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In Guinea-Bissau, No Stability Without Justice

  • Kate Thomas

General Antonio Indjai, Army Chief of Staff, center, with Desejado Lima da Costa, head of the national electoral commission, right, Guinea-Bissau, March 19, 2012.

General Antonio Indjai, Army Chief of Staff, center, with Desejado Lima da Costa, head of the national electoral commission, right, Guinea-Bissau, March 19, 2012.

Nearly one month after Guinea-Bissau's military seized power in a coup, solutions to the country's political instability remain elusive. Since Monday's United Nations Security Council meeting in New York, attended by the ousted ruling party's foreign minister and the Guinea-Bissau U.N. special envoy, Bissau-Guineans have been debating how to resolve the crisis, and some are calling to bring coup leaders to justice.

But the country's whitewashed Ministry of Justice in the capital, Bissau, has stood empty since the mid-April coup.

Now the country's justice system, limited even before the coup, has stopped operating completely. The minister of justice has fled, staff have gone home and legal cases have been placed on hold.

As the international community discusses Guinea-Bissau's future and the possibility of an international peacekeeping force in the country, many Bissau-Guineans believe that an inadequate justice system is one of the reasons behind the latest coup.

Sanctions, Circumvented
The European Union has imposed sanctions on six military figures, including Antonio Indjai, head of the armed forces, but Bissau-Guineans say coup leaders are corrupt and operate outside of the country's skeletal justice system.

Despite the economic sanctions, they suspect coup leaders will continue to access funds through drug trafficking.

The United States has previously accused some senior military figures of involvement in cocaine trafficking, which the United Nations Office on Drugs and Crime says is a major source of instability in Guinea-Bissau.

Maimouna Bacar Sande, a third year law student, says Guinea-Bissau's top military and political figures are rarely held accountable for their actions.

Guinea-Bissau's crisis runs deep, says Sande, explaining that one solution to destabilization for the country which has suffered several coups since the end of the civil war, would be to strengthen its justice system.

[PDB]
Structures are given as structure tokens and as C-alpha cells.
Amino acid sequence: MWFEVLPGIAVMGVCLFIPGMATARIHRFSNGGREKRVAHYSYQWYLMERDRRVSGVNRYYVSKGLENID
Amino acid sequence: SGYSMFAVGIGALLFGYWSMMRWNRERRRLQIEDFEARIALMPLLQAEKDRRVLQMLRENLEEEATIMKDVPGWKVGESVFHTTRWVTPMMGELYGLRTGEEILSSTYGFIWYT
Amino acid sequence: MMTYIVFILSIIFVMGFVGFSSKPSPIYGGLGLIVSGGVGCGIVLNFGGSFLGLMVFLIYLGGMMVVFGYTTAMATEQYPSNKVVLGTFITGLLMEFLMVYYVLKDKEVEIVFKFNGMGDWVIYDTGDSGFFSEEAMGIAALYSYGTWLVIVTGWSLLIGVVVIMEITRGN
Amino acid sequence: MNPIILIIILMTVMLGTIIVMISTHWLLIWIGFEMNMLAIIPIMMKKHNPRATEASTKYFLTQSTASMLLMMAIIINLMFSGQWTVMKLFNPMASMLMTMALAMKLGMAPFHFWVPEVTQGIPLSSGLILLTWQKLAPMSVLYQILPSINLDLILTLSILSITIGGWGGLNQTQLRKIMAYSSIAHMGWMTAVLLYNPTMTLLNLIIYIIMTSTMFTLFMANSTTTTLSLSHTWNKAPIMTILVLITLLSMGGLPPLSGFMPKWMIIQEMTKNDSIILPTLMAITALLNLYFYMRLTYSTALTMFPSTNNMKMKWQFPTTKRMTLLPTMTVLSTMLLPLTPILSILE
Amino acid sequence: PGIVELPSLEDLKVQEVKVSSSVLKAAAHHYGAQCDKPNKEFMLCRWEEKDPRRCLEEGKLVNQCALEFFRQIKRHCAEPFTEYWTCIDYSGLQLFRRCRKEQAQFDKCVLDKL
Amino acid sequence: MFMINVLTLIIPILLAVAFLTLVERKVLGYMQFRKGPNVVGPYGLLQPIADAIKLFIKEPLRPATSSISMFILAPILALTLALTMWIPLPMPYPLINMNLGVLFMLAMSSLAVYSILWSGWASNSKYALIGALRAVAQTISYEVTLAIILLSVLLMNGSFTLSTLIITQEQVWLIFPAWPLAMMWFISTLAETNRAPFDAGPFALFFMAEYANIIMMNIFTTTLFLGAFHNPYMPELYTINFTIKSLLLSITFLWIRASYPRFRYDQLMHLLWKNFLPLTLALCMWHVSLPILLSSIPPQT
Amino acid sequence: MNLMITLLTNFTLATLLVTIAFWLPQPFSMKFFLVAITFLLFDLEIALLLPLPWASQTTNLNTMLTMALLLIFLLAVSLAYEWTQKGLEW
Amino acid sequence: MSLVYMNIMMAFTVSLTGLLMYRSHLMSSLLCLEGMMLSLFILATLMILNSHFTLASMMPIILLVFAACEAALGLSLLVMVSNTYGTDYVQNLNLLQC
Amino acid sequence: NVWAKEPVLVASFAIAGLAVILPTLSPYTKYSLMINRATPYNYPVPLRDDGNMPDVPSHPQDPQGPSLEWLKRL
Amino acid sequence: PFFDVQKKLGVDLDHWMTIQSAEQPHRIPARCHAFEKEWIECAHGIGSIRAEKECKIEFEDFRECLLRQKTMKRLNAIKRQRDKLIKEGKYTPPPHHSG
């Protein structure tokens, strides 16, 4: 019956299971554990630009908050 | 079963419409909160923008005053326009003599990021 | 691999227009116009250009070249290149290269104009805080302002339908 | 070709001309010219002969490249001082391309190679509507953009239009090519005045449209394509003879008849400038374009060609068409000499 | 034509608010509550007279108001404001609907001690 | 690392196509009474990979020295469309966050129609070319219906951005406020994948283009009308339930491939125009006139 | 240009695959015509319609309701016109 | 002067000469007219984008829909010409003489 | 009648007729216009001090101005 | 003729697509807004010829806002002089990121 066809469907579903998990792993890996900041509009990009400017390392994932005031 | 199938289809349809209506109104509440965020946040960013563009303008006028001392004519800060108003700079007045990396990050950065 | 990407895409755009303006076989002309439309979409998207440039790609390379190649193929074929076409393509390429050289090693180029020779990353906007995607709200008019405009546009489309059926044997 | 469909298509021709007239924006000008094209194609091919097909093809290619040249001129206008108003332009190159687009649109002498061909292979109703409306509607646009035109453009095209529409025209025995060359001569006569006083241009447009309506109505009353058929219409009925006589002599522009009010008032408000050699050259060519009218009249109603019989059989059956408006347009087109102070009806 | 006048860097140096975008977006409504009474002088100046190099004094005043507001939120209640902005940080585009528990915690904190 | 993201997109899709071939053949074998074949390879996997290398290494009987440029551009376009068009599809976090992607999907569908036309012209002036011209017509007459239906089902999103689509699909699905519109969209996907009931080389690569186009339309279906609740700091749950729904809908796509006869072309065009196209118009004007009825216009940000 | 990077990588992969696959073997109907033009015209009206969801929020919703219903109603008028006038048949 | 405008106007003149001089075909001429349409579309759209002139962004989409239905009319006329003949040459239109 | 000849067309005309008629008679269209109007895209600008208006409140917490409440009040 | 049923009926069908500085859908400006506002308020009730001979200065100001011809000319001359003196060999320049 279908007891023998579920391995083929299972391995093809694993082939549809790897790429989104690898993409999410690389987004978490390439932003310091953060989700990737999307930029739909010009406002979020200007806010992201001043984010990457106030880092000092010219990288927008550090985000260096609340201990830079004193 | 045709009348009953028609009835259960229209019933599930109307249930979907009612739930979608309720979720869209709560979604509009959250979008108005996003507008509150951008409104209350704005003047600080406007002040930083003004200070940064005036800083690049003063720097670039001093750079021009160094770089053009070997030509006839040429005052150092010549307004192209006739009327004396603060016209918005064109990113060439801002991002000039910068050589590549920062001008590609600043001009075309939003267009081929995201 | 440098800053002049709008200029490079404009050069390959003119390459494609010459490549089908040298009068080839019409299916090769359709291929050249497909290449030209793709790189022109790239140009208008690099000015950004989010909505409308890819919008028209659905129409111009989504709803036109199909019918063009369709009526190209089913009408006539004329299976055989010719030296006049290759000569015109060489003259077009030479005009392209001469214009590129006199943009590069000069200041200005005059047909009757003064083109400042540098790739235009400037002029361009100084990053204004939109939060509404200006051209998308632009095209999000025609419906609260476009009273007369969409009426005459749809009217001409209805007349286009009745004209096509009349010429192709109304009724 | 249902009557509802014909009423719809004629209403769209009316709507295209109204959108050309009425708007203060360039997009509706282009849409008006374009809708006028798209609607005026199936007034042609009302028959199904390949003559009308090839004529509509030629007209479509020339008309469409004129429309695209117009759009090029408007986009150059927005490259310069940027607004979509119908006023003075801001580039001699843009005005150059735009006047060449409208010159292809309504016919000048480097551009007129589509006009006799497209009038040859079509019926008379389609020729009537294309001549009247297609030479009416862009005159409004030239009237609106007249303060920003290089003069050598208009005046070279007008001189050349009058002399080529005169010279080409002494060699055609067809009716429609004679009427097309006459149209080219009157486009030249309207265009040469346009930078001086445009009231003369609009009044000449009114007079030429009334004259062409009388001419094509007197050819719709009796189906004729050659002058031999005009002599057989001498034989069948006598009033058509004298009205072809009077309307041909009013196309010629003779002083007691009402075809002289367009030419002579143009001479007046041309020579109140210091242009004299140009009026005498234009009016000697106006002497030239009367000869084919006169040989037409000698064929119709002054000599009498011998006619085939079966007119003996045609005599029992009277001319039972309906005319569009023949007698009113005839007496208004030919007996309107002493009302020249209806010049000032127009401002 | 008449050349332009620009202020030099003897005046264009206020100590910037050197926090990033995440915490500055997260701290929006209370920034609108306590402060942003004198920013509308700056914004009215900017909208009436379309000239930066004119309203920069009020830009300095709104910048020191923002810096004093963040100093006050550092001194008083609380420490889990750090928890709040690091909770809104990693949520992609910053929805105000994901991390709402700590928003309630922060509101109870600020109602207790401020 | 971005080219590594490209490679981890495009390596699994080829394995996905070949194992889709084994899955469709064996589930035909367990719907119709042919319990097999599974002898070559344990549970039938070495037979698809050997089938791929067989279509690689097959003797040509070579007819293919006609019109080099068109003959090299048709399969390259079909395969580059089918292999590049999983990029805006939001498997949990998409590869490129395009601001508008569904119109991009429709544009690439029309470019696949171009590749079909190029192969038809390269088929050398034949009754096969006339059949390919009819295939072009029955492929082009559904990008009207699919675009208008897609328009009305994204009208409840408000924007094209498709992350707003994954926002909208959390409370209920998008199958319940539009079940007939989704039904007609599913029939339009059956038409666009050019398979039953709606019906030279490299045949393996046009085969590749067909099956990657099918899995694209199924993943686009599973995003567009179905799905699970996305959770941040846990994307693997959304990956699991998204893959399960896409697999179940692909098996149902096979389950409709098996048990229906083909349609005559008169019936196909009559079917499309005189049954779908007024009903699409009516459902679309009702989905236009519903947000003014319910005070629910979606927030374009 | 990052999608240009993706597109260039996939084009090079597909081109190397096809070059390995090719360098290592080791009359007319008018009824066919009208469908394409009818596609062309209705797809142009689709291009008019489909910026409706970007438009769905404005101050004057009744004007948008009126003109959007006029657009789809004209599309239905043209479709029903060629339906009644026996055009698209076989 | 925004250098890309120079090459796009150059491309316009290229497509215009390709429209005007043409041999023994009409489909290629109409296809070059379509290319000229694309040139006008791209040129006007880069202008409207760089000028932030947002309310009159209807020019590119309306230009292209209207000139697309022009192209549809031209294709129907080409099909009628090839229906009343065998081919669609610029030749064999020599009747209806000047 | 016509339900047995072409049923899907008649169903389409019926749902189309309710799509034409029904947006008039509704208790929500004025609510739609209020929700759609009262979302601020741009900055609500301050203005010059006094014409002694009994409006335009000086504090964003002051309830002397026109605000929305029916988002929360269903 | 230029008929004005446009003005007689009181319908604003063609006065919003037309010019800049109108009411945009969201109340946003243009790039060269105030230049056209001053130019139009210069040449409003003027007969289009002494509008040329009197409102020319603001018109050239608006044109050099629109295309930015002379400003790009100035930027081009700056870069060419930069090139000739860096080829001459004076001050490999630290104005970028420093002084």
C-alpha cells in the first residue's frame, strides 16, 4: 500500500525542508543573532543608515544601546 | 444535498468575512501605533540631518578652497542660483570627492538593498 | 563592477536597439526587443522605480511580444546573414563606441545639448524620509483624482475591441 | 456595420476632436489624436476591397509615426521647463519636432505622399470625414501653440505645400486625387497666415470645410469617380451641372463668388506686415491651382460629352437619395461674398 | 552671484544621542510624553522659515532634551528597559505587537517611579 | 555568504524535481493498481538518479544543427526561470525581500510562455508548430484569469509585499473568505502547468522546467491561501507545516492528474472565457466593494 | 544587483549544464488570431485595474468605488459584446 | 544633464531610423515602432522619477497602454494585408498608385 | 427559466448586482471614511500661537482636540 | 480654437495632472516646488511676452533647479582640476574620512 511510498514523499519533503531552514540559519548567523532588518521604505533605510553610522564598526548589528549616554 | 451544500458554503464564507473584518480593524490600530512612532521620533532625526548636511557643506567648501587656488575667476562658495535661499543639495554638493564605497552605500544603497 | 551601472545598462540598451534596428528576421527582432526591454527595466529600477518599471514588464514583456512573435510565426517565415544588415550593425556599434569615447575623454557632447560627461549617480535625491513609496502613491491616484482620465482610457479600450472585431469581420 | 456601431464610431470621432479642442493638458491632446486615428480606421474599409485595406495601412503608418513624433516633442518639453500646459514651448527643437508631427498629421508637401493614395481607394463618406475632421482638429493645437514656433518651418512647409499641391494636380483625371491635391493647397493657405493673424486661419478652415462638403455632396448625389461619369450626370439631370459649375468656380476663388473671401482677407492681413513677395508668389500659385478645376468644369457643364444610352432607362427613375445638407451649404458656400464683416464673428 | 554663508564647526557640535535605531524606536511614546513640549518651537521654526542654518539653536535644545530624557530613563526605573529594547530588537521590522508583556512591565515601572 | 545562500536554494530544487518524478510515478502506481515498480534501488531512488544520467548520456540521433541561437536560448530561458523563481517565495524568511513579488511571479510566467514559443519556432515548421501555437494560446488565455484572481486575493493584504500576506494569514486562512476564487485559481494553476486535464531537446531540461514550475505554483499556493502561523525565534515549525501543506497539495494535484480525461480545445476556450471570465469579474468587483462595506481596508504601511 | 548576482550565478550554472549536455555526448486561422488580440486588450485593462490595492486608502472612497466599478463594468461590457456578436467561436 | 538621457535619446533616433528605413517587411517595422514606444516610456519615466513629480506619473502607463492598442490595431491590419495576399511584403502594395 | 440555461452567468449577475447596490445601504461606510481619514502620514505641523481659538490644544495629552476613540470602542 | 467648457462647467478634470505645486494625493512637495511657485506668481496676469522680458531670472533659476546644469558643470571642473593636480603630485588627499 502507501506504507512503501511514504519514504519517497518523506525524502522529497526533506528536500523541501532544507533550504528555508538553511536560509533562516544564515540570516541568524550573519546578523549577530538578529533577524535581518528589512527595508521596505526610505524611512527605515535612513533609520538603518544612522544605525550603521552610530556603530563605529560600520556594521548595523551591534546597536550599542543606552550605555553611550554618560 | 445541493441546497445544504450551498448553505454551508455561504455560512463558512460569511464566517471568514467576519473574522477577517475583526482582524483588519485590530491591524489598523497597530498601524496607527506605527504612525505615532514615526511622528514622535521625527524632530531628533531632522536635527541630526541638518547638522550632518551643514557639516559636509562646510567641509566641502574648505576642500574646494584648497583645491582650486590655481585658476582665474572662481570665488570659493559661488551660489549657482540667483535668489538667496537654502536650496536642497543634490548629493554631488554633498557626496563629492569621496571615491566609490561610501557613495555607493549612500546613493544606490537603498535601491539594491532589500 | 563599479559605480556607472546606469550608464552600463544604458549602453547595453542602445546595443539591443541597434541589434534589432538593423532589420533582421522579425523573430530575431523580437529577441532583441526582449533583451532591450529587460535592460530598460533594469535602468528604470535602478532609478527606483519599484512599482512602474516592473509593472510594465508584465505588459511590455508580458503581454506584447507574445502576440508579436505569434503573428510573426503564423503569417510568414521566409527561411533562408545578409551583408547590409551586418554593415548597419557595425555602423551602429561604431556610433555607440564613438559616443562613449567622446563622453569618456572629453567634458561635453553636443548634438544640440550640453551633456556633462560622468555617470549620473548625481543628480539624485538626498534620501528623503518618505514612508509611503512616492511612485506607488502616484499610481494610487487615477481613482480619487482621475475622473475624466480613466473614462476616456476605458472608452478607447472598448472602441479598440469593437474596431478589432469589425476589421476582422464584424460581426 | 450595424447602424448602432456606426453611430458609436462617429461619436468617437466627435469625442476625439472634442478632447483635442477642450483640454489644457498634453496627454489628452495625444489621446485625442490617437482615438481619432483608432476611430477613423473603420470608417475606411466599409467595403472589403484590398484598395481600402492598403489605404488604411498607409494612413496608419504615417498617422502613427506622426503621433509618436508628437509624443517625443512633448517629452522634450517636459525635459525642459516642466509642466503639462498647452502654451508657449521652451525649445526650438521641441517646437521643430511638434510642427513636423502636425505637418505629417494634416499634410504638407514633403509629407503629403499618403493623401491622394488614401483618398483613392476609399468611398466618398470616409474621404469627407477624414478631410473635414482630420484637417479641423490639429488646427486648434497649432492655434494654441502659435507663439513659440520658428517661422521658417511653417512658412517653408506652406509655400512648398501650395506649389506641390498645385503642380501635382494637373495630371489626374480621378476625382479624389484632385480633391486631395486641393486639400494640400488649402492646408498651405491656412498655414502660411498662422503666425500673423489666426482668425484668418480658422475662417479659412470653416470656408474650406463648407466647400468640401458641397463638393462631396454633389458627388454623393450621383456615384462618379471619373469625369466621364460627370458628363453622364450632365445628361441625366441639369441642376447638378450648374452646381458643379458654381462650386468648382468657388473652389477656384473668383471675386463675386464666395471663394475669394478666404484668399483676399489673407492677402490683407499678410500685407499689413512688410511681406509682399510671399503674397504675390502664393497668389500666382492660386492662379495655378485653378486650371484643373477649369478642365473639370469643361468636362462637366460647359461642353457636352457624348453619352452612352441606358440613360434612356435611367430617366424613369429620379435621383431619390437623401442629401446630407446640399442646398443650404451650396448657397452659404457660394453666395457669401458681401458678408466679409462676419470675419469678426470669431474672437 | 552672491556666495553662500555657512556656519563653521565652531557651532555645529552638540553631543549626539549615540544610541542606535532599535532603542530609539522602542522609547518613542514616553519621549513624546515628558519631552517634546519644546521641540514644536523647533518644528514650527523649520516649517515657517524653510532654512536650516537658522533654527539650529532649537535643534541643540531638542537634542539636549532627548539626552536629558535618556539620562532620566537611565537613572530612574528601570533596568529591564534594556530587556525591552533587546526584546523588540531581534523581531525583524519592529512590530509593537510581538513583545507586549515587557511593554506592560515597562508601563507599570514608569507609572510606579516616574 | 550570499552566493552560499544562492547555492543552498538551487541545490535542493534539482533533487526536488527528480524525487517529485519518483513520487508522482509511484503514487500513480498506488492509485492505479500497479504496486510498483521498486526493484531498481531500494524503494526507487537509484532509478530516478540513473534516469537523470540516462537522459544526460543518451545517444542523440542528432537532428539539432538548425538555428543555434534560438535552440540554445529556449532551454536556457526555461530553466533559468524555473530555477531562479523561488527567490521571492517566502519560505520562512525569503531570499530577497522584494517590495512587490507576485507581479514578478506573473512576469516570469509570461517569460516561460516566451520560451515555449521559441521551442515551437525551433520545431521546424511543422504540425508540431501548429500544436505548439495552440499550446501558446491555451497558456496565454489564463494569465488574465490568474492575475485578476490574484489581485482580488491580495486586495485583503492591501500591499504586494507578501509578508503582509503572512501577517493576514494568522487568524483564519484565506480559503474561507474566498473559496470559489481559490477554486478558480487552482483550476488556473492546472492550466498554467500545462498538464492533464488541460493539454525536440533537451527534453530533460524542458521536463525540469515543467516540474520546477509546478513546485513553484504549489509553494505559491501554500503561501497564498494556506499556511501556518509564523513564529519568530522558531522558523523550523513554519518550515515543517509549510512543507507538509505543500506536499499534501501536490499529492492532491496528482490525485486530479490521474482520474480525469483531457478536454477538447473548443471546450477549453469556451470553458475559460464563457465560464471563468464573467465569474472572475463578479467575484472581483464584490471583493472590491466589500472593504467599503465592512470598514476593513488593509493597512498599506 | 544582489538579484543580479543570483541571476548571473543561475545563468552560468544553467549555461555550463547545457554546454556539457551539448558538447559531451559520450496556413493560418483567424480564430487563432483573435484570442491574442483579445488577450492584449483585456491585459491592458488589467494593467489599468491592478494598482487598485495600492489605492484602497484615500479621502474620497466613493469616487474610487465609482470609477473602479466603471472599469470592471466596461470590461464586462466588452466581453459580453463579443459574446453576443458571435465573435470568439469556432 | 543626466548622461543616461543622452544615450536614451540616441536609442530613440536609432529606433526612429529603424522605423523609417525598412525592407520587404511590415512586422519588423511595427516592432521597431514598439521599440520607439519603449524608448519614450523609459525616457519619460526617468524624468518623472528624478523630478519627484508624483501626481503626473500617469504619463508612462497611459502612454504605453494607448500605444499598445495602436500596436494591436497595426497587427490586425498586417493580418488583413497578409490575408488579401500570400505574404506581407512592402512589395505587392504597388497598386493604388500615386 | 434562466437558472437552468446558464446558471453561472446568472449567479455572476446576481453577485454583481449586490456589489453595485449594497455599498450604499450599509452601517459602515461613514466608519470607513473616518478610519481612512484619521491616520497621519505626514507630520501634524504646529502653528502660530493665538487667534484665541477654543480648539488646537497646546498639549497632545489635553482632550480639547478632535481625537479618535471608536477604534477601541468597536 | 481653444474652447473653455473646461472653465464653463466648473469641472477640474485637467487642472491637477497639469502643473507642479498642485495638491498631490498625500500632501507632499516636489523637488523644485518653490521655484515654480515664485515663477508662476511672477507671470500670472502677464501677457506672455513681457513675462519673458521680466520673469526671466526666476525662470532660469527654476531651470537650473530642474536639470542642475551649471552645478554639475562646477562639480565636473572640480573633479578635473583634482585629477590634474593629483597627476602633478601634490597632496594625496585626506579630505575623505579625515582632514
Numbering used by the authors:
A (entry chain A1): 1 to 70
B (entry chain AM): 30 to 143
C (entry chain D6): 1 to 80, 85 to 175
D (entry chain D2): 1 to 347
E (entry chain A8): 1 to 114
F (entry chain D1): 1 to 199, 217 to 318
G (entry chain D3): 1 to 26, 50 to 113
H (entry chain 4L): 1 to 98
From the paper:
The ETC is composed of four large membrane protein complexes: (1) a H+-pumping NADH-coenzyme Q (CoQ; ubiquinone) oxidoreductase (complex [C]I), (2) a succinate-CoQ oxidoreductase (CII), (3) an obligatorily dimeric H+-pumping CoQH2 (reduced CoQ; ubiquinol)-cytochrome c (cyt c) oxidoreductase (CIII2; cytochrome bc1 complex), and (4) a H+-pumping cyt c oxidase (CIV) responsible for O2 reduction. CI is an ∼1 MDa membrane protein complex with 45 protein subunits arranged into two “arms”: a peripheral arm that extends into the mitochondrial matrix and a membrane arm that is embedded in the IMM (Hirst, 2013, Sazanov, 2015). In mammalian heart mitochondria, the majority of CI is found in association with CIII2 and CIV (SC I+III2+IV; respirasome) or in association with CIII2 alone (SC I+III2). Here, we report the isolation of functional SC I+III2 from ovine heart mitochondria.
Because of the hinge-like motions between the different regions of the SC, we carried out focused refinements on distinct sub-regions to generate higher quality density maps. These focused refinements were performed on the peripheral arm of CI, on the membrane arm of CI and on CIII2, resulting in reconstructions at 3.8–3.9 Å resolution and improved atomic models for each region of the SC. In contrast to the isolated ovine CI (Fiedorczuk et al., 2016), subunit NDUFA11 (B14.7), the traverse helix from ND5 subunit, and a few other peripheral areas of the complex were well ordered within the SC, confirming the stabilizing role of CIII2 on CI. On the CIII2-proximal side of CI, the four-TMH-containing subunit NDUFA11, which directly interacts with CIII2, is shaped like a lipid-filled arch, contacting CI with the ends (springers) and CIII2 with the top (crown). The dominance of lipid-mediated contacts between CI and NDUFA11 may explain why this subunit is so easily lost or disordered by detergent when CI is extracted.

The political situation, she says, is like a bad weed growing in a beautiful country that needs to be pulled out by the root.

Inoperative courts and prisons
Brother Michael Daniels, an American Catholic priest at Bissau's main cathedral, agrees. In addition to his work for the church, he leads an initiative for peace, justice and human rights.

He says there is no justice for military and political players implicated in international drug trafficking or human-rights abuses, and that justice ministers currently aren't able to manage even routine duties.

"The state institutions are not working and the Ministry of Justice closed down," says Brother Daniels, explaining that military leaders considered releasing prisoners from the country's two main jails simply because they did not have enough food for the inmates, many of whom are incarcerated for theft and other small crimes.

"I go buy [the food] myself," he says. "I wait for a lady to finish cooking it and go bring it to 30, 40 prisoners."

Outside the Ministry of Justice, law student Justino Nhaga sits on a wall waiting to meet a friend.

"The country's ongoing political crisis will only be solved when a reliable justice system is established and the coup leaders are held accountable," says Nhaga.

Although heads of state representing the Economic Community of West African States (ECOWAS) will continue talks on Guinea-Bissau in coming days at the U.N. Security Council, Nhaga says the situation should be solved by Bissau-Guineans, not by the international community.

Likening international intervention to a donated jacket that will improve the situation for only a short while, underneath the garment, he says, political problems will persist.